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Elitânia de Souza da Hora: more than statistics, a life!

11 Dezembro 2019
Fanzine art by Elitânia de Souza da Hora's colleagues in honor of her memory during a class in the discipline Special Topics in Anthropology I, coordinated by Professor Jurema Machado

A social work student and human rights activist had her life interrupted. UNFPA and UN Women mourned the loss

 

 

December 10, 2019, Salvador, Bahia, Brazil - Elitânia de Souza da Hora. Determined, intelligent, master of herself. A promising life that was suddenly interrupted at 25 years old. The human rights activist and leader of the Quilombola Community from Tabuleiro da Vitória, in Cachoeira, a municipality in Bahia's recôncavo, she was a tireless person in defense of the most disadvantaged. On Wednesday, November 27, the girl was a victim of a violent crime, suspected of femicide, at the entrance of the Universidade Federal do Recôncavo da Bahia (UFRB), where the Bahian studied and inspired colleagues and teachers. 

 

The loss moved Brazil. The United Nations Population Fund (UNFPA) and UN Women have issued a call to end violence against women. “This crime, and the many femicides that robbed women of ther lives that came before, show us how urgent is to intensify efforts and invest in prevention of violence against women. In 2018, 1.206 women were femicide victims -- about 61% of them were black women and 52,3% of the total murders were by gunfire, ” emphasized the note from data from the 13th Edition of the Brazilian Yearbook of Public Security, released in October. by the Brazilian Public Security Forum. In 88.8% of the cases, the perpetrator was the victim's partner. 

 

Resistance reference

“We want to remember Elitania not from her death, or as a victim of femicide, but from her history. And we will fight for the maintenance of her memory ”, highlights Lucas Ribeiro, from the National Movement of Quilombola Students, in criticism of the approaches and narratives constructed by the media about cases of violence suffered by women. Beside Elitânia, he sought to guarantee the rights of young quilombolas in the recôncavo. “Black woman, militant, empowered. If we had mobilization, she was with us. If we had something to work out, she was there. I spent nine months without a student scholarship and she strengthened me. Elitania is a reference of resistance ”.

 

Elitania was the example of a young woman who understood her rights. She had no children, encouraged women in her communities (university and quilombola) to decide the best choices for their lives, and encouraged them to study. According to classmate Raquel Alves and one of her best friends, the social work student fought against all forms of discrimination and oppression. 

 

“The fact that I'm indigenous and she was a quilombola made us have similar struggles, but each one with its own specificities. Eli was a positive person and always said: 'we are the hope'. From our people, from our elders. And this phrase has kept me strong, ”she remembers. The young woman from the Jenipapo-Kanindé indigenous community alongside Elitania and other colleagues formed the “Cahl Causadoras” group, in reference to student activism within the Center for Arts, Humanities and Letters from Universidade Federal do Recôncavo da Bahia (UFRB).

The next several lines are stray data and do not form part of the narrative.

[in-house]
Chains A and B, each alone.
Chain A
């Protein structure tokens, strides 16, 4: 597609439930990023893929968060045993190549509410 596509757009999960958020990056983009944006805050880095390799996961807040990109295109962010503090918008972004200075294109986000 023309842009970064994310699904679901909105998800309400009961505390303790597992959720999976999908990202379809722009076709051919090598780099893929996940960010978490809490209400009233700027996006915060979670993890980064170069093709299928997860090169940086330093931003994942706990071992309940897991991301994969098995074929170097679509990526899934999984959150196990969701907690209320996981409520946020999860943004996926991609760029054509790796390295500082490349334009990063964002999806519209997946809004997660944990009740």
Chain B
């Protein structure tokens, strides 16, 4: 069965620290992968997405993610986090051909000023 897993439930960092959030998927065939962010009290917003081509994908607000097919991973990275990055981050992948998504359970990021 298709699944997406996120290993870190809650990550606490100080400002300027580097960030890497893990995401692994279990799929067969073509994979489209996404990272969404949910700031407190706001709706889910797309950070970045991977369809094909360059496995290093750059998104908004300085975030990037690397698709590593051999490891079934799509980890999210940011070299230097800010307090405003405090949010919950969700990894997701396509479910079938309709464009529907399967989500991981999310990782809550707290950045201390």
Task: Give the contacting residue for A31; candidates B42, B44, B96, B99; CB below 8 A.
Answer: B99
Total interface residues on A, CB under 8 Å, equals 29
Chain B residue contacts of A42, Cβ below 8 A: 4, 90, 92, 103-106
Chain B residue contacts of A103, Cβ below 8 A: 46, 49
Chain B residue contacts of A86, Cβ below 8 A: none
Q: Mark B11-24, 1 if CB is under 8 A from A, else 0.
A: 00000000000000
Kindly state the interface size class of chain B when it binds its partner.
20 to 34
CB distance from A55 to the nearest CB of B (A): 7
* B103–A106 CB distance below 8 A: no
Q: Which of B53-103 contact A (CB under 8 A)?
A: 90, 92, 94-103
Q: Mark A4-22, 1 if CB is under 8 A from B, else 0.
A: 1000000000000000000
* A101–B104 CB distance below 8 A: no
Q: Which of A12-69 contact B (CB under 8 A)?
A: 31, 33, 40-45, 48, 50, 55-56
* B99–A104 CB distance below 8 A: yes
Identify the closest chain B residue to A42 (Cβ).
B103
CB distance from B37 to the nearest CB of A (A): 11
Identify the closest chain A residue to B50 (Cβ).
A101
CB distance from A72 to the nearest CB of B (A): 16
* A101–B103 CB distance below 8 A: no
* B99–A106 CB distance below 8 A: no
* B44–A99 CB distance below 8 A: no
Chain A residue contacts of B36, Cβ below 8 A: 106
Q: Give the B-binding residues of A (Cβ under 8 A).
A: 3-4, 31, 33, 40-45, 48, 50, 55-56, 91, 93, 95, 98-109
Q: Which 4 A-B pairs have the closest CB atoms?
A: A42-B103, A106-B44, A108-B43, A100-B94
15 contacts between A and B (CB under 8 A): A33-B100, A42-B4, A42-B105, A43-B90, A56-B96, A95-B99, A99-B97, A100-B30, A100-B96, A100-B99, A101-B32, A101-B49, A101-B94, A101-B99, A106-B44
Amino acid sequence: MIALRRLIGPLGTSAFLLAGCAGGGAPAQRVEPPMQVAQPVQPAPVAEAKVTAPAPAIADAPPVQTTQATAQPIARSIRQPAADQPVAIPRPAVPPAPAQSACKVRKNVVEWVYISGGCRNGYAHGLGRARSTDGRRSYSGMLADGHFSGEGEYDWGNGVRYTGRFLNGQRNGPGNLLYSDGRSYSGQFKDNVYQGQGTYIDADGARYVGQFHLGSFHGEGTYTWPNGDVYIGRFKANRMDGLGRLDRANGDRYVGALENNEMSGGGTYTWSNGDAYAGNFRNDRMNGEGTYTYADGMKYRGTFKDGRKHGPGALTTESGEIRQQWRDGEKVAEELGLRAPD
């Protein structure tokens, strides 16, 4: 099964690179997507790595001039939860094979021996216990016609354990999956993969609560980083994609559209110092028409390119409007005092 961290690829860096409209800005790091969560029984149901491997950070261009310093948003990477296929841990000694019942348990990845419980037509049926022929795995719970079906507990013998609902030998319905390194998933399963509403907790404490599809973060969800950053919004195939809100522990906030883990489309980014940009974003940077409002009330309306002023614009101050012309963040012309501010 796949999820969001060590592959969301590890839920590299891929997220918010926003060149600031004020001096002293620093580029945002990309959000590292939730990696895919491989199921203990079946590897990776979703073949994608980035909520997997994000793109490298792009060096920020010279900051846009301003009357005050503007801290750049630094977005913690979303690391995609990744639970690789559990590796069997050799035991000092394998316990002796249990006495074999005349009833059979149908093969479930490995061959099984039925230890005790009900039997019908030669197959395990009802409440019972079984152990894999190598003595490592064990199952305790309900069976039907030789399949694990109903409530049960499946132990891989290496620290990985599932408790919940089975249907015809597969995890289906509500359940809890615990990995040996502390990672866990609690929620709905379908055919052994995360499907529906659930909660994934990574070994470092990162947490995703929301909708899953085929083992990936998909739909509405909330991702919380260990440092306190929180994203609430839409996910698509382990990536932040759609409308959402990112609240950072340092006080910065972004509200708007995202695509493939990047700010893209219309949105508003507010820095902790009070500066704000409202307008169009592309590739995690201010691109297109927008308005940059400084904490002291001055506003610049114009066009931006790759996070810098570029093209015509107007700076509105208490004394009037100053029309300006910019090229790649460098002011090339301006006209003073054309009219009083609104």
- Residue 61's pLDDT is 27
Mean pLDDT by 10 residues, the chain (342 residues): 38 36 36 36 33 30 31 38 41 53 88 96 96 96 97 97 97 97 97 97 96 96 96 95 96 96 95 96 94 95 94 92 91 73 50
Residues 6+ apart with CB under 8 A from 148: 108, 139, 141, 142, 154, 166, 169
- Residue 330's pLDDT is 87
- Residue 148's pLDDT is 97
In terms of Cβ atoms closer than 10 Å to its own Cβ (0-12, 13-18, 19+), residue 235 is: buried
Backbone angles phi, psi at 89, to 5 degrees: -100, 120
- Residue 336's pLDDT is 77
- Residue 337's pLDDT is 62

Fanzine art by Elitânia de Souza da Hora's colleagues
in honor of her memory during a class in the discipline
Special Topics in Anthropology I, coordinated by
Professor Jurema Machado

According to Denize Ribeiro, professor, activist of the black women's movement, and a member of Negras - Center for Gender, Race and Health Studies from UFRB, “a society that allows violence such as that suffered by Elitania, is not a safe place to be a woman and to develop her full potential”. She tells the process of empowerment of Elitania in the institution. “She listened to us and tried to get out of that abusive relationship. She came to university and took on tasks such as student and quilombola leadership. She worked as best she could and devoted herself to her studies. She has been becoming black over time. She grew and flourished, but it was all brutally torn away, not only from her, but from all of us with her death. She was interrupted by machismo. ” 

 

Denize also emphasizes that girls and women should be whatever they want to be, but in a violent society, they become victims with their trajectories changed. “Institutional and structural machismo is a major barrier in women's lives and development. Many women are prevented from studying, working, going out for fun, having a different religion from other family members, growing up without the threat of being raped by family members, having the profession they want, having children whatever they want, to date anyone they want, not to meet the heteronormative pattern, to wear the clothes they like and even dream about another reality. ”

 

The educator's statement dialogues with the State of World Population Report 2019 (SWOP), entitled Unfinished Business: the pursuit of Rights and Choices for All. The report show us taht, “of all obstacles to the achievement and exercise of human rights, including reproductive rights, few have proven to be as difficult to overcome as those based on gender, and that this kind of inequality limits women's ability to freely make fundamental decisions about when and with whom they want to have sex; the use of contraception or access to health care; and if and when to look for a job or to pursue higher education”.

 

Written by Midiã Noelle